REVIEW: Blue Is the Warmest Color

15 06 2013

Blue is the Warmest ColorCannes Film Festival – Official Competition

Producers of the upcoming film adaptation of “Fifty Shades of Grey,” I have found your director.  Thank me later.

In the past three weeks since I’ve seen Abdellatif Kechiche’s “Blue Is the Warmest Color,” I have gone back and forth on whether I deem it to be pornography.  What I can say without a doubt, however, is that it features the most graphic depictions of sexuality between any two people that I have ever seen on film.  It takes that honor away from Steve McQueen’s 2011 masterpiece “Shame,” which used pornographic aesthetics to ironically point out just how little pleasure was present in the carnality occurring before our eyes.

Kechiche’s camera, whether voyeuristic or artistic, captures human sexuality between the timid young Adele (newcomer Adele Exarchopolous) and the nubile Emma (Lea Seydoux) at an extremely intimate level.  On the one hand, it seems almost animalistic as we feel their every body movement, see the saliva drip, and hear their every moan.  Yet at the same time, it’s also highly erotic.  Kechiche seems more focused on capturing the act from every angle and less on the experience that Adele and Emma are having.

The story just stops as we are left to gaze at Adele and Emma entangling in a frenzied sexual embrace.  Acting halts as well since the camera just cares about Exarchopolous and Seydoux’s extremities, not their faces.  In addition, Kechiche’s segues into sensuality are so abrupt and unexpected that once the first scene occurs, it’s impossible not to be constantly wondering if the next edit will lead into intertwining limbs or passionate moans.

Blue is the Warmest

You may think it’s silly to devote so much attention and analysis to one small section of a three-hour filmic odyssey.  But I think that’s all the more telling about the overall effect that these graphic sex scenes have on the experience of “Blue Is the Warmest Color.”  They took me out of the film entirely, diverting attention away from a delicately crafted romance and coming-of-age story.  In essence, they become the story and the topic of conversation upon leaving the theater.  Forget about the actual plot.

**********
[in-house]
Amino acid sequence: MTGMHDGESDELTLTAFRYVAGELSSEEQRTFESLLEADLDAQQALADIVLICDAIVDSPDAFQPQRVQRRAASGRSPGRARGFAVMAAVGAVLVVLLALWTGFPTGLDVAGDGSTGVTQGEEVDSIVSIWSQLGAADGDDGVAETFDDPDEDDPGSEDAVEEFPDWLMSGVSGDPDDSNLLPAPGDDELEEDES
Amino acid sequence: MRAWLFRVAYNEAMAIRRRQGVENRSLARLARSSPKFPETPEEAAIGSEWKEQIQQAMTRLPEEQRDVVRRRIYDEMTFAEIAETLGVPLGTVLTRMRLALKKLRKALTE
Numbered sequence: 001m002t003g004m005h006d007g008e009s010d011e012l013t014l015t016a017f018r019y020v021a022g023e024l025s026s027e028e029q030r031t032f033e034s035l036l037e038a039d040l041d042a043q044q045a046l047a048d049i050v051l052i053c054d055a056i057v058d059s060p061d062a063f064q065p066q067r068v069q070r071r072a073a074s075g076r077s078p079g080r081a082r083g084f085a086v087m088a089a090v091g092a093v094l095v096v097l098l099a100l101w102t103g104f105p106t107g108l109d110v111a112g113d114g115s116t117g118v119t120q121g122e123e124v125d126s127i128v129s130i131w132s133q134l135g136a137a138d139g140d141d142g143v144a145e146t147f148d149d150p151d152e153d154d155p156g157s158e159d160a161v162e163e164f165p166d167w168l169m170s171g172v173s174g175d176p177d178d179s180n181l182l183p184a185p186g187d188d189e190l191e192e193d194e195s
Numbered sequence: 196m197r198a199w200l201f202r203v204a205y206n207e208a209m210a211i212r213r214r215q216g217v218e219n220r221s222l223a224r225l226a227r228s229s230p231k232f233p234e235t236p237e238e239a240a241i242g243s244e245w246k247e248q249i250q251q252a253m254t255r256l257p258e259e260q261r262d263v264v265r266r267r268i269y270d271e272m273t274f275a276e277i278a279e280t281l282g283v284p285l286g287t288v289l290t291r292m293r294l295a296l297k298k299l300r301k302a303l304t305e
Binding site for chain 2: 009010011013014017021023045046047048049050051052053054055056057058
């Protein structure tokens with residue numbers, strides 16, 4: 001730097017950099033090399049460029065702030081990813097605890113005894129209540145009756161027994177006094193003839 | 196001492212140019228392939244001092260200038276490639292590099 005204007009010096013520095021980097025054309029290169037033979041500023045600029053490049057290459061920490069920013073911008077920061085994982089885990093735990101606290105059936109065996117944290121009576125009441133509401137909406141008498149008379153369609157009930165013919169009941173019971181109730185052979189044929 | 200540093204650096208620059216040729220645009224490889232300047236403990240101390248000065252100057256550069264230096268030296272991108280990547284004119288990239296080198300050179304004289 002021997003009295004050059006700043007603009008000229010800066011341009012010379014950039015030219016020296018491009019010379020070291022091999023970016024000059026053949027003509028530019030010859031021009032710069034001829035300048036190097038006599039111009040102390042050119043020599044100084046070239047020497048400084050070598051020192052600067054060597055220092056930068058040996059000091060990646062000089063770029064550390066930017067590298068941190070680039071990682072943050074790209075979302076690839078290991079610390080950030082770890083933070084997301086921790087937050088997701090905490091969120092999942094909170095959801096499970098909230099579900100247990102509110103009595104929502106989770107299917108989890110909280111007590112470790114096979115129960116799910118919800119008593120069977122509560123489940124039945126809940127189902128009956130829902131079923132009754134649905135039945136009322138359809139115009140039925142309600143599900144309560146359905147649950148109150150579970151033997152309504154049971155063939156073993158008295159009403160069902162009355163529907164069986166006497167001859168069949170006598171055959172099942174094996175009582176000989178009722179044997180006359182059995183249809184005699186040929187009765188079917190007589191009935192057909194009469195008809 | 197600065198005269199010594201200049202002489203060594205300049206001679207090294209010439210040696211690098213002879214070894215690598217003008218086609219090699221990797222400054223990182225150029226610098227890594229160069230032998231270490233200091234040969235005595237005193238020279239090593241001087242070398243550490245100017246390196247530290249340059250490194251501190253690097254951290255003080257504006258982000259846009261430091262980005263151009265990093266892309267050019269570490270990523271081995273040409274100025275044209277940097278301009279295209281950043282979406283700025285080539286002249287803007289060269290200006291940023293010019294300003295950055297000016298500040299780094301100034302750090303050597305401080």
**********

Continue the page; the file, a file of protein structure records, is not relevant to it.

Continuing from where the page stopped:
And that’s a real shame because the film’s story is actually quite nice.  “Blue Is the Warmest Color” tracks the life of Adele (that’s the film’s title in its native French) as she struggles to feel comfortable in her own skin.  First, she struggles with her sexual orientation, desperately trying to conform to social norms as an extremely self-conscious teenager.  In one particularly painful scene, we observe her agony as she feels nothing but pain and emptiness when she has intercourse with her boyfriend.  Though we do briefly see his erect penis, the scene conveys a clear message through sexuality without resorting to mere pornography; it would have been a fine pattern for Kechiche to follow for the whole film.

Then, things get interesting when Adele begins talking with the openly lesbian Emma, who encourages her to explore and think for herself.  Though she discovers herself, she also finds that her confusion and frustration still persists.  The film drags a tad when she shakily confronts adulthood, still unsure of her ability to commit to anything.

“Blue Is the Warmest Color” feels like a novel – which isn’t necessarily bad – but it could have concentrated its focus somewhat more.  Kechiche could have then communicated the same message with greater impact in 45 minutes less time!  But sadly, the only edits this film is likely to see now is to its extended sex scenes, which turn a good movie into a good movie … with highly distracting pornographic interludes.  B-2stars

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